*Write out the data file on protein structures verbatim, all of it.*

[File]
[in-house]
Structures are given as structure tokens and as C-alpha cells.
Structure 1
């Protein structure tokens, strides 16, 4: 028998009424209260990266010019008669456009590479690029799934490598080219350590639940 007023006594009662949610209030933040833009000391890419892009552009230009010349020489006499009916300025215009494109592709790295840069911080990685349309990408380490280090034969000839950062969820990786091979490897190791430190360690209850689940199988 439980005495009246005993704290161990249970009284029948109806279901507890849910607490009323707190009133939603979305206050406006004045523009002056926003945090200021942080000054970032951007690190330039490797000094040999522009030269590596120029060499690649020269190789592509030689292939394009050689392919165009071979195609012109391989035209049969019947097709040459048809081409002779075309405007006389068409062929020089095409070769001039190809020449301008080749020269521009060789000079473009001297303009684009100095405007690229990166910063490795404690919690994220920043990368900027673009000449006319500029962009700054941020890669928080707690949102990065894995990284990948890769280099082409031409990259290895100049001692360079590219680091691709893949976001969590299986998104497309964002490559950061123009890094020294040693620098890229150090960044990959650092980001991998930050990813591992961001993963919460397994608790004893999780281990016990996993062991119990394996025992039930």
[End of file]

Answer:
[in-house]
Structures are given as structure tokens and as C-alpha cells.
Structure 1
């Protein structure tokens, strides 16, 4: 028998009424209260990266010019008669456009590479690029799934490598080219350590639940 007023006594009662949610209030933040833009000391890419892009552009230009010349020489006499009916300025215009494109592709790295840069911080990685349309990408380490280090034969000839950062969820990786091979490897190791430190360690209850689940199988 439980005495009246005993704290161990249970009284029948109806279901507890849910607490009323707190009133939603979305206050406006004045523009002056926003945090200021942080000054970032951007690190330039490797000094040999522009030269590596120029060499690649020269190789592509030689292939394009050689392919165009071979195609012109391989035209049969019947097709040459048809081409002779075309405007006389068409062929020089095409070769001039190809020449301008080749020269521009060789000079473009001297303009684009100095405007690229990166910063490795404690919690994220920043990368900027673009000449006319500029962009700054941020890669928080707690949102990065894995990284990948890769280099082409031409990259290895100049001692360079590219680091691709893949976001969590299986998104497309964002490559950061123009890094020294040693620098890229150090960044990959650092980001991998930050990813591992961001993963919460397994608790004893999780281990016990996993062991119990394996025992039930």